Barkerville’s Chinese Language Collections digitally secured by Irving K. Barber support

An inaugural donation from the Irving K. Barber Learning Centre towards Barkerville Historic Town’s Chinese Language Collections digitization project has ensured the living history museum’s extensive and irreplaceable collection of pre-1900 written Chinese documents (the largest in North America specific to North American activities) will remain virtually indestructible – and accessible – for generations to come.

The Irving K. Barber Learning Centre contributed funds towards the digitization of more than 11,000 pages of unpublished, hand-written materials such as letters and poems. Documents cover the Cariboo region from 1860-1958 and will ultimately be mounted onto Barkerville’s website (www.barkerville.ca).

The people of southern China still feel incredibly connected to the “Overseas Chinese” who left Guangdong Province in the late-19th and early-20th centuries. Money they sent back to their families and to support a variety of charitable organizations changed the face of Guangdong, resulting in significant economic and social development. Much of the interest is on a more personal level, though, and there is a sincere desire to know more about the emigrants: the work they did, how they lived, and where their remains were buried. Nearly 75% of the southern Chinese men who came to gold rush North America never returned, but many modern Chinese citizens have at least one such ancestor who continued to send familial support to China. Barkerville has been praised by Chinese officials for its excellence in preserving and presenting the history of the Chinese immigrants. The National Historic Site’s buildings, photographs and archival material tell stories that have been lost on the other side of the Pacific.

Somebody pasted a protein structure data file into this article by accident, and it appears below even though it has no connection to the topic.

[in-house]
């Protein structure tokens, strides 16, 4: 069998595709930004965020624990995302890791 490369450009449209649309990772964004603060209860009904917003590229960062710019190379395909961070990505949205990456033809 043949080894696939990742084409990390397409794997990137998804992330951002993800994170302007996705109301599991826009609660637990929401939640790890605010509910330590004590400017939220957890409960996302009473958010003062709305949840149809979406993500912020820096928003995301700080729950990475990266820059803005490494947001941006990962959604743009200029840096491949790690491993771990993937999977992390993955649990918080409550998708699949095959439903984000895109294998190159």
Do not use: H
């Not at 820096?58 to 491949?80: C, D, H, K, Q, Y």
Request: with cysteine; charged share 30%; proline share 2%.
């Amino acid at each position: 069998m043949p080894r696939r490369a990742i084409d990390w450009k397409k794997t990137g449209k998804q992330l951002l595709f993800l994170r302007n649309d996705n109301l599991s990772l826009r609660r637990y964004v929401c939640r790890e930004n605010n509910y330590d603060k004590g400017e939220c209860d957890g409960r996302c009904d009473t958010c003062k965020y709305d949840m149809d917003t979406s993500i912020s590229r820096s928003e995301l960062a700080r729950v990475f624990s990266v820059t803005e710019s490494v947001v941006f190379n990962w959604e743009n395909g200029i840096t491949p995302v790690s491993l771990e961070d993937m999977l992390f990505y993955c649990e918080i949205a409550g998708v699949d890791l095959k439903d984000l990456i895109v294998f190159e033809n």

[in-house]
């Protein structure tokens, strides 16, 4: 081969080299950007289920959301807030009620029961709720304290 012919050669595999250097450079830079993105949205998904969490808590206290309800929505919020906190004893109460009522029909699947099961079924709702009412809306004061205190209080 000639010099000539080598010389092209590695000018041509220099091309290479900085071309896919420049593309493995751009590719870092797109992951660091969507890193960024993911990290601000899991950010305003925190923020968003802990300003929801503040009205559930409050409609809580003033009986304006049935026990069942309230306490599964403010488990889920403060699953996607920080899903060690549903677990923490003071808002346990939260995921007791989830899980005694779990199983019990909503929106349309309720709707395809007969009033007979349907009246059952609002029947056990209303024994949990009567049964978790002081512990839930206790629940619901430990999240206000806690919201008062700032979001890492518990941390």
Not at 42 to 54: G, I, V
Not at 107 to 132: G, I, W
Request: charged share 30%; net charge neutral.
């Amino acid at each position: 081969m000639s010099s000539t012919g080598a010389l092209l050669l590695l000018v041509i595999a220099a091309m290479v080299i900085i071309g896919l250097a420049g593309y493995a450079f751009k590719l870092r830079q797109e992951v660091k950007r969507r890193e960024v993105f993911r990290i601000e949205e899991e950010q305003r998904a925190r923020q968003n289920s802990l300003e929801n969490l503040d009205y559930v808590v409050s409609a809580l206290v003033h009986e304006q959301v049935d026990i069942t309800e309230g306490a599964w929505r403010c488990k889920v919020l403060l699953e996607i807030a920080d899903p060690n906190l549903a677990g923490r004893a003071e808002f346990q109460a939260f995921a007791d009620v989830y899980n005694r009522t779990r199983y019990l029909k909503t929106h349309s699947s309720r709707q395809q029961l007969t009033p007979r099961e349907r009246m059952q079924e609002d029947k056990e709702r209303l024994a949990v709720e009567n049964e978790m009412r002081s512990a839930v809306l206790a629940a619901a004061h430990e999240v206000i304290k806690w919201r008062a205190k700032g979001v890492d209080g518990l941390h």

“The Irving K. Barber Centre is pleased to support and develop partnerships with memory institutions around the province such as Barkerville Historic Town to digitize and promote access to their unique holdings,” said Chris Hives, Project Coordinator for the Irving K. Barber Learning Centre.

The Irving K. Barber Learning Centre is a part of the University of British Columbia Library and supports teaching, learning and community engagement both within UBC and throughout British Columbia. The BC History Digitization Program, through which Barkerville has received its first gift from the Irving K. Barber Learning Centre, promotes increased access to BC’s historical resources through digitization projects that result in free access to our unique provincial historical material.

For information about the digitization of Barkerville’s Chinese Language Collections, or any of Barkerville’s ongoing curatorial projects, please contact Mandy Kilsby, Curator, at 1-888-994-3332, ext. 35, or email mandy.kilsby@barkerville.ca.

Curatorial Assistant Erin de Zwart digitizing Chinese document

Curatorial Assistant Erin de Zwart digitizing Chinese document